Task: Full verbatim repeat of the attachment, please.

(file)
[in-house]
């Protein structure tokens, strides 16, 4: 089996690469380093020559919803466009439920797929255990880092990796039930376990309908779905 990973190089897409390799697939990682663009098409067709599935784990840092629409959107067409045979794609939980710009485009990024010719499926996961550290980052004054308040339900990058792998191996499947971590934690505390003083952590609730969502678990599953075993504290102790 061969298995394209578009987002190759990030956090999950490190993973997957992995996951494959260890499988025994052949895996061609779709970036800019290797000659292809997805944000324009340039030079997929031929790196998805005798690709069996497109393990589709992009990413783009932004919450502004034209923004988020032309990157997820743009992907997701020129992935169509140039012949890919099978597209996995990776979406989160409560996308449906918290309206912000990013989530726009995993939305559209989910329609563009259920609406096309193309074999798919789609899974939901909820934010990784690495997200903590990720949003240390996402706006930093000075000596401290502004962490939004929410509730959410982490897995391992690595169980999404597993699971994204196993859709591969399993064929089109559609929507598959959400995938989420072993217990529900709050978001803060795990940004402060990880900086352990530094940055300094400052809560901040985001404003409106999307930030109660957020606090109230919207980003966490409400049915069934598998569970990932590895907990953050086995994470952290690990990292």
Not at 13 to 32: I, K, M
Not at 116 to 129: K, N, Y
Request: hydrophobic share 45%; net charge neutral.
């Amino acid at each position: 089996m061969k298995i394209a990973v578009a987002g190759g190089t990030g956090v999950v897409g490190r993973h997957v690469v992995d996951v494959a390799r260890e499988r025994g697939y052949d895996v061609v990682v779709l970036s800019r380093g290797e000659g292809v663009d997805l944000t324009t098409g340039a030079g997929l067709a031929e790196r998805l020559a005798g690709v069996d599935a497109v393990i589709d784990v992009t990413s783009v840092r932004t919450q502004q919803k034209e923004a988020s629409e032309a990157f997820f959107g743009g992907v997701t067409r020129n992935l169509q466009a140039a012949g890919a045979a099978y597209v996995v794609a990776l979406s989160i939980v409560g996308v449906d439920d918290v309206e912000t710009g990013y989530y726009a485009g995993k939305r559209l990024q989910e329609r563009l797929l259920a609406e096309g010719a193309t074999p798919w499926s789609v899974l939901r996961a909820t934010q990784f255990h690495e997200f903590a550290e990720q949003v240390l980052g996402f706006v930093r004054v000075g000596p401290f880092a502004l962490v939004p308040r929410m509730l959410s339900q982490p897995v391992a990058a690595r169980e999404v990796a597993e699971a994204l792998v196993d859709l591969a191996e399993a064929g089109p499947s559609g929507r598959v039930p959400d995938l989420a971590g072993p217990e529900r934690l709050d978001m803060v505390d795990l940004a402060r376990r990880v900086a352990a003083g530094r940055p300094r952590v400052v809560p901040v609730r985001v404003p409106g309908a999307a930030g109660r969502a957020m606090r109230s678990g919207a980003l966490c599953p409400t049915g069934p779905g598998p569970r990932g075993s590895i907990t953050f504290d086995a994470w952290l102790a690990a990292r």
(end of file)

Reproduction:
[in-house]
């Protein structure tokens, strides 16, 4: 089996690469380093020559919803466009439920797929255990880092990796039930376990309908779905 990973190089897409390799697939990682663009098409067709599935784990840092629409959107067409045979794609939980710009485009990024010719499926996961550290980052004054308040339900990058792998191996499947971590934690505390003083952590609730969502678990599953075993504290102790 061969298995394209578009987002190759990030956090999950490190993973997957992995996951494959260890499988025994052949895996061609779709970036800019290797000659292809997805944000324009340039030079997929031929790196998805005798690709069996497109393990589709992009990413783009932004919450502004034209923004988020032309990157997820743009992907997701020129992935169509140039012949890919099978597209996995990776979406989160409560996308449906918290309206912000990013989530726009995993939305559209989910329609563009259920609406096309193309074999798919789609899974939901909820934010990784690495997200903590990720949003240390996402706006930093000075000596401290502004962490939004929410509730959410982490897995391992690595169980999404597993699971994204196993859709591969399993064929089109559609929507598959959400995938989420072993217990529900709050978001803060795990940004402060990880900086352990530094940055300094400052809560901040985001404003409106999307930030109660957020606090109230919207980003966490409400049915069934598998569970990932590895907990953050086995994470952290690990990292």
Not at 13 to 32: I, K, M
Not at 116 to 129: K, N, Y
Request: hydrophobic share 45%; net charge neutral.
């Amino acid at each position: 089996m061969k298995i394209a990973v578009a987002g190759g190089t990030g956090v999950v897409g490190r993973h997957v690469v992995d996951v494959a390799r260890e499988r025994g697939y052949d895996v061609v990682v779709l970036s800019r380093g290797e000659g292809v663009d997805l944000t324009t098409g340039a030079g997929l067709a031929e790196r998805l020559a005798g690709v069996d599935a497109v393990i589709d784990v992009t990413s783009v840092r932004t919450q502004q919803k034209e923004a988020s629409e032309a990157f997820f959107g743009g992907v997701t067409r020129n992935l169509q466009a140039a012949g890919a045979a099978y597209v996995v794609a990776l979406s989160i939980v409560g996308v449906d439920d918290v309206e912000t710009g990013y989530y726009a485009g995993k939305r559209l990024q989910e329609r563009l797929l259920a609406e096309g010719a193309t074999p798919w499926s789609v899974l939901r996961a909820t934010q990784f255990h690495e997200f903590a550290e990720q949003v240390l980052g996402f706006v930093r004054v000075g000596p401290f880092a502004l962490v939004p308040r929410m509730l959410s339900q982490p897995v391992a990058a690595r169980e999404v990796a597993e699971a994204l792998v196993d859709l591969a191996e399993a064929g089109p499947s559609g929507r598959v039930p959400d995938l989420a971590g072993p217990e529900r934690l709050d978001m803060v505390d795990l940004a402060r376990r990880v900086a352990a003083g530094r940055p300094r952590v400052v809560p901040v609730r985001v404003p409106g309908a999307a930030g109660r969502a957020m606090r109230s678990g919207a980003l966490c599953p409400t049915g069934p779905g598998p569970r990932g075993s590895i907990t953050f504290d086995a994470w952290l102790a690990a990292r």